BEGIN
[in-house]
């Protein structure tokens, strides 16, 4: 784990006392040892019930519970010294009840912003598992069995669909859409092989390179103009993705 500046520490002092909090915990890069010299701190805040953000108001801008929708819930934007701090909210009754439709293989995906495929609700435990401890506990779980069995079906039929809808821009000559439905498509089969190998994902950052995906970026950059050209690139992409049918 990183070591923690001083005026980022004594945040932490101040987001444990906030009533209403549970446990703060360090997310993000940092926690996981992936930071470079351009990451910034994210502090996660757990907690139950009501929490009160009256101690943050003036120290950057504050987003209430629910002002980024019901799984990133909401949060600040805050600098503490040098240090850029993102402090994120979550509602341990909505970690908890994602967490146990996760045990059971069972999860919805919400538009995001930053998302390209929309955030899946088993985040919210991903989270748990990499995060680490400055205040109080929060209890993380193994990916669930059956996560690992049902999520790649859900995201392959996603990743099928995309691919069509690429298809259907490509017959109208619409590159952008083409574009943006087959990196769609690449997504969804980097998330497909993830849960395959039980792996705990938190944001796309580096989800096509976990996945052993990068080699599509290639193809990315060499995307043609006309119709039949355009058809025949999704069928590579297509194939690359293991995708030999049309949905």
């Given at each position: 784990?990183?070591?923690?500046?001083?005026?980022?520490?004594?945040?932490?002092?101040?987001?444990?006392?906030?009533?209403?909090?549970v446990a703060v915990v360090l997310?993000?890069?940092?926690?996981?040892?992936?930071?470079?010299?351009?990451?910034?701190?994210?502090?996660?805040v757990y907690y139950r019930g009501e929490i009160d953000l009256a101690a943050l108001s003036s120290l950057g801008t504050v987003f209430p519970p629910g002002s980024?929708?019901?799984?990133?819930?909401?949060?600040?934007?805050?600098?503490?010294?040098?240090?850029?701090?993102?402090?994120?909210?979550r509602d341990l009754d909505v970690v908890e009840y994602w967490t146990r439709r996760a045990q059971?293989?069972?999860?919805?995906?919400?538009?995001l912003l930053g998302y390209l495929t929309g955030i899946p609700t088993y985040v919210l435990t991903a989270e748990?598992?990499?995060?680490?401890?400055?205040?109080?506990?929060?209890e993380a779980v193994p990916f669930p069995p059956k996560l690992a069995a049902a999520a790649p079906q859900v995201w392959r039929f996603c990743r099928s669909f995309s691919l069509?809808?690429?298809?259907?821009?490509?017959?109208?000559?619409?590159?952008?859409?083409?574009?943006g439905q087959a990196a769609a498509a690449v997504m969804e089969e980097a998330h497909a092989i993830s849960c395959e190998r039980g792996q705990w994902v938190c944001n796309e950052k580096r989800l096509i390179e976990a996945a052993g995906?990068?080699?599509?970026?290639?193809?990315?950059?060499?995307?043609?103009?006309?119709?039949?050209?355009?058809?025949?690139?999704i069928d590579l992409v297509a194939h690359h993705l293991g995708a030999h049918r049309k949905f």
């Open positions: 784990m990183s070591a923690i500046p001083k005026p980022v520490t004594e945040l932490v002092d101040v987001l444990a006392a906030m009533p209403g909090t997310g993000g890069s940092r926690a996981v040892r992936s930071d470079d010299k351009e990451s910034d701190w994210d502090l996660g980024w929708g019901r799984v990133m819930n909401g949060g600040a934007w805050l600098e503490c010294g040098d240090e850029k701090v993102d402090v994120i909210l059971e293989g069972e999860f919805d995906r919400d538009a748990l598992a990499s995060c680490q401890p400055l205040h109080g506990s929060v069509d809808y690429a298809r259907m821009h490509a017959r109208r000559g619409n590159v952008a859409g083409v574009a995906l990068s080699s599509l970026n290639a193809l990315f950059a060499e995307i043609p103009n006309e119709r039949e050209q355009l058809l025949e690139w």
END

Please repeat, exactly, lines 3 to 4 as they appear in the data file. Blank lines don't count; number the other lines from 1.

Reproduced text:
């Given at each position: 784990?990183?070591?923690?500046?001083?005026?980022?520490?004594?945040?932490?002092?101040?987001?444990?006392?906030?009533?209403?909090?549970v446990a703060v915990v360090l997310?993000?890069?940092?926690?996981?040892?992936?930071?470079?010299?351009?990451?910034?701190?994210?502090?996660?805040v757990y907690y139950r019930g009501e929490i009160d953000l009256a101690a943050l108001s003036s120290l950057g801008t504050v987003f209430p519970p629910g002002s980024?929708?019901?799984?990133?819930?909401?949060?600040?934007?805050?600098?503490?010294?040098?240090?850029?701090?993102?402090?994120?909210?979550r509602d341990l009754d909505v970690v908890e009840y994602w967490t146990r439709r996760a045990q059971?293989?069972?999860?919805?995906?919400?538009?995001l912003l930053g998302y390209l495929t929309g955030i899946p609700t088993y985040v919210l435990t991903a989270e748990?598992?990499?995060?680490?401890?400055?205040?109080?506990?929060?209890e993380a779980v193994p990916f669930p069995p059956k996560l690992a069995a049902a999520a790649p079906q859900v995201w392959r039929f996603c990743r099928s669909f995309s691919l069509?809808?690429?298809?259907?821009?490509?017959?109208?000559?619409?590159?952008?859409?083409?574009?943006g439905q087959a990196a769609a498509a690449v997504m969804e089969e980097a998330h497909a092989i993830s849960c395959e190998r039980g792996q705990w994902v938190c944001n796309e950052k580096r989800l096509i390179e976990a996945a052993g995906?990068?080699?599509?970026?290639?193809?990315?950059?060499?995307?043609?103009?006309?119709?039949?050209?355009?058809?025949?690139?999704i069928d590579l992409v297509a194939h690359h993705l293991g995708a030999h049918r049309k949905f």
């Open positions: 784990m990183s070591a923690i500046p001083k005026p980022v520490t004594e945040l932490v002092d101040v987001l444990a006392a906030m009533p209403g909090t997310g993000g890069s940092r926690a996981v040892r992936s930071d470079d010299k351009e990451s910034d701190w994210d502090l996660g980024w929708g019901r799984v990133m819930n909401g949060g600040a934007w805050l600098e503490c010294g040098d240090e850029k701090v993102d402090v994120i909210l059971e293989g069972e999860f919805d995906r919400d538009a748990l598992a990499s995060c680490q401890p400055l205040h109080g506990s929060v069509d809808y690429a298809r259907m821009h490509a017959r109208r000559g619409n590159v952008a859409g083409v574009a995906l990068s080699s599509l970026n290639a193809l990315f950059a060499e995307i043609p103009n006309e119709r039949e050209q355009l058809l025949e690139w």